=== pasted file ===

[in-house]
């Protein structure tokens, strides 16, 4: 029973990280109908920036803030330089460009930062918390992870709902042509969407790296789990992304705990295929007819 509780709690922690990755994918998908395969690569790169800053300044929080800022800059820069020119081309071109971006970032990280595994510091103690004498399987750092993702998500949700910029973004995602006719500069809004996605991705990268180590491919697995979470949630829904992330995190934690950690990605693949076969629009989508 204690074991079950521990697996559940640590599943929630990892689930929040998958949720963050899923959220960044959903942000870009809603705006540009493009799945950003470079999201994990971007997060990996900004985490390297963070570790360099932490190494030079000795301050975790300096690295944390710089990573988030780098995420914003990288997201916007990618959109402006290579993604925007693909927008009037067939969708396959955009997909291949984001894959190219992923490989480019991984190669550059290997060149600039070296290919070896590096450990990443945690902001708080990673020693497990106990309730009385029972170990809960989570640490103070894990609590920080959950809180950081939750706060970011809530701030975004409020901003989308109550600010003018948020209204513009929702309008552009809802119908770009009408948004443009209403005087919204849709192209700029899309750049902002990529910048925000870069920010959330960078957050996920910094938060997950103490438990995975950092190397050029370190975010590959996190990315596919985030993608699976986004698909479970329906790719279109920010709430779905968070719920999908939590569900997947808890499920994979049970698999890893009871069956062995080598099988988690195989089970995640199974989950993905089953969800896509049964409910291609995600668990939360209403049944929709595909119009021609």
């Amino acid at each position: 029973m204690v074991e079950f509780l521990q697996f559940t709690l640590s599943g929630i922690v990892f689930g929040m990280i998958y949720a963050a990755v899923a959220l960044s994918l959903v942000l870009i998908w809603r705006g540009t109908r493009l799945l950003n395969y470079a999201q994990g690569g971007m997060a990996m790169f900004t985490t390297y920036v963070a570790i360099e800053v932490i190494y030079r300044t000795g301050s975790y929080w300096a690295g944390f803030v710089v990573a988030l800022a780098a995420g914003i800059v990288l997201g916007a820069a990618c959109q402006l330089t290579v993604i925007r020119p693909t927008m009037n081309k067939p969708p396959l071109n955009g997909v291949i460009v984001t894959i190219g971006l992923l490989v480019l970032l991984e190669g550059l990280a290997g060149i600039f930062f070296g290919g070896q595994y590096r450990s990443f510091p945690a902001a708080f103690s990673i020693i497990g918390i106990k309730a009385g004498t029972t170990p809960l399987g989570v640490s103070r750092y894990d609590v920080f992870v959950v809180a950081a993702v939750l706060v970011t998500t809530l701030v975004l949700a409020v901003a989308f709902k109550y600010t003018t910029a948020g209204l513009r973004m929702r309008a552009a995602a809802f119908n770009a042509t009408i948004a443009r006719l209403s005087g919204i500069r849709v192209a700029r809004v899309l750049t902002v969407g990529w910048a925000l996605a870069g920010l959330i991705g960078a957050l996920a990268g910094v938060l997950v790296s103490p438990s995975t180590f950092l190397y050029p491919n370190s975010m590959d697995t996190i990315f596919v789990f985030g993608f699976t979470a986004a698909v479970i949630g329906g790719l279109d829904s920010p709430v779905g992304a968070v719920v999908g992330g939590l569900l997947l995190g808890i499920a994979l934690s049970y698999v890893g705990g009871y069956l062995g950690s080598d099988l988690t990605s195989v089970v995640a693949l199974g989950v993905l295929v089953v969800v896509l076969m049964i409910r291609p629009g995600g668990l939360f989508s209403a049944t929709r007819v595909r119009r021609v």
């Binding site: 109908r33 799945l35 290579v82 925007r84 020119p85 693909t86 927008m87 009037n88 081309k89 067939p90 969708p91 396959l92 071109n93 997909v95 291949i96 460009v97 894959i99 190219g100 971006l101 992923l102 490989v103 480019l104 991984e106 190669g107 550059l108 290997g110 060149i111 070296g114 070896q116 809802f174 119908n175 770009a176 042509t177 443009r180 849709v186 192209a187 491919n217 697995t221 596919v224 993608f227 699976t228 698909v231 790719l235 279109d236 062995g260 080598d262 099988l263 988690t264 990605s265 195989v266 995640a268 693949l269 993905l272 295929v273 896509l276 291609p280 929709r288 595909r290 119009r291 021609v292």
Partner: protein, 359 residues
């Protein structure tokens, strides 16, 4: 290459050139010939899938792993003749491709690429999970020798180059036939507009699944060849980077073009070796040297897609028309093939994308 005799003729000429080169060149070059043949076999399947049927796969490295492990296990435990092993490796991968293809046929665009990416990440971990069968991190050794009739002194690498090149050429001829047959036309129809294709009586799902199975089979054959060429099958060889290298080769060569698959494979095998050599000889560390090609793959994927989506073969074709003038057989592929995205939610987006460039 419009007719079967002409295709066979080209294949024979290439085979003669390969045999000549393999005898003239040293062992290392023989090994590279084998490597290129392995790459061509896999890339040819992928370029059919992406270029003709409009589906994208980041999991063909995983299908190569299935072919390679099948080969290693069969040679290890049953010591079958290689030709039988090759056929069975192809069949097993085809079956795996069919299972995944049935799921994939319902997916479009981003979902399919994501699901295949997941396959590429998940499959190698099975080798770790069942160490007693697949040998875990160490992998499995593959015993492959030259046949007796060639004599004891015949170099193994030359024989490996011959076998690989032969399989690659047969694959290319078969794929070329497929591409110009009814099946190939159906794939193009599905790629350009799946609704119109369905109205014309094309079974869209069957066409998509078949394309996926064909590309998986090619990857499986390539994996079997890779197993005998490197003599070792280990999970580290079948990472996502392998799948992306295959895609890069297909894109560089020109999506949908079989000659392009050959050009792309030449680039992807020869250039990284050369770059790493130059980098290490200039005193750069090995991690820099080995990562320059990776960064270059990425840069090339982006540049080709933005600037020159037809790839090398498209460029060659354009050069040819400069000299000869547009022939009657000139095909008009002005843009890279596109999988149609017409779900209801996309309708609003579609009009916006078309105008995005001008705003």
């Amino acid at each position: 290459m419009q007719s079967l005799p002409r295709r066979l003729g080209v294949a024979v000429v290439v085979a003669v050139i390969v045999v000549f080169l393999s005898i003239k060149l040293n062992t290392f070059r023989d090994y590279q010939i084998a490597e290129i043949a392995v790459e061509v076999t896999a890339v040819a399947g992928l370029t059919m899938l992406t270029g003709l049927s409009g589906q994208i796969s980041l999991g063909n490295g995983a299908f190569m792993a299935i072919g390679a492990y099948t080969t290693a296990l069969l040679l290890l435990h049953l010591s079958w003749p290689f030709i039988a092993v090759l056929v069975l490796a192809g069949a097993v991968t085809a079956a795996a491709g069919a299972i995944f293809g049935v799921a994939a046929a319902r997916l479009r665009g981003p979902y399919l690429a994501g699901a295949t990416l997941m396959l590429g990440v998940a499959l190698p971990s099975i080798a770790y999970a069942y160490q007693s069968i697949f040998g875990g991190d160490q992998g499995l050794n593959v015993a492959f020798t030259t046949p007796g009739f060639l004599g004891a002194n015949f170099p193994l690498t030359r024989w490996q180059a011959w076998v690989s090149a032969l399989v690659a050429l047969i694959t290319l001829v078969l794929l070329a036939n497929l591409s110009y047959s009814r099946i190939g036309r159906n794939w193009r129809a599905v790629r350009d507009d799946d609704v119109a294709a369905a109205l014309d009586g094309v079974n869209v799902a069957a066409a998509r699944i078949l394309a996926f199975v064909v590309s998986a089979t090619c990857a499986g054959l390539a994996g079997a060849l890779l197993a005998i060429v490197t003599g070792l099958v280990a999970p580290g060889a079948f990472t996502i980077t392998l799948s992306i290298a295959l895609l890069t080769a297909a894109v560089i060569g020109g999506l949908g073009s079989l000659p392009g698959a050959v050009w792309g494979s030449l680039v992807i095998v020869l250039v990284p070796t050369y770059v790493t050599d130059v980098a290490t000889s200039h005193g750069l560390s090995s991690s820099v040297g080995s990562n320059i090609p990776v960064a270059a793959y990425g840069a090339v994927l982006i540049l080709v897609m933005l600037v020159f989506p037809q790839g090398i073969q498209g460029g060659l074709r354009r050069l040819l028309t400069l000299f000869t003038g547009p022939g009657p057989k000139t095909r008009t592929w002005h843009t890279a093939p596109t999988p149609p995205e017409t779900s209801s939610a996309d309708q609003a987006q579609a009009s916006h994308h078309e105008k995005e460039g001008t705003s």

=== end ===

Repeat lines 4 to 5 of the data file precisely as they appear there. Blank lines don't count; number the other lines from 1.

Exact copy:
């Binding site: 109908r33 799945l35 290579v82 925007r84 020119p85 693909t86 927008m87 009037n88 081309k89 067939p90 969708p91 396959l92 071109n93 997909v95 291949i96 460009v97 894959i99 190219g100 971006l101 992923l102 490989v103 480019l104 991984e106 190669g107 550059l108 290997g110 060149i111 070296g114 070896q116 809802f174 119908n175 770009a176 042509t177 443009r180 849709v186 192209a187 491919n217 697995t221 596919v224 993608f227 699976t228 698909v231 790719l235 279109d236 062995g260 080598d262 099988l263 988690t264 990605s265 195989v266 995640a268 693949l269 993905l272 295929v273 896509l276 291609p280 929709r288 595909r290 119009r291 021609v292």
Partner: protein, 359 residues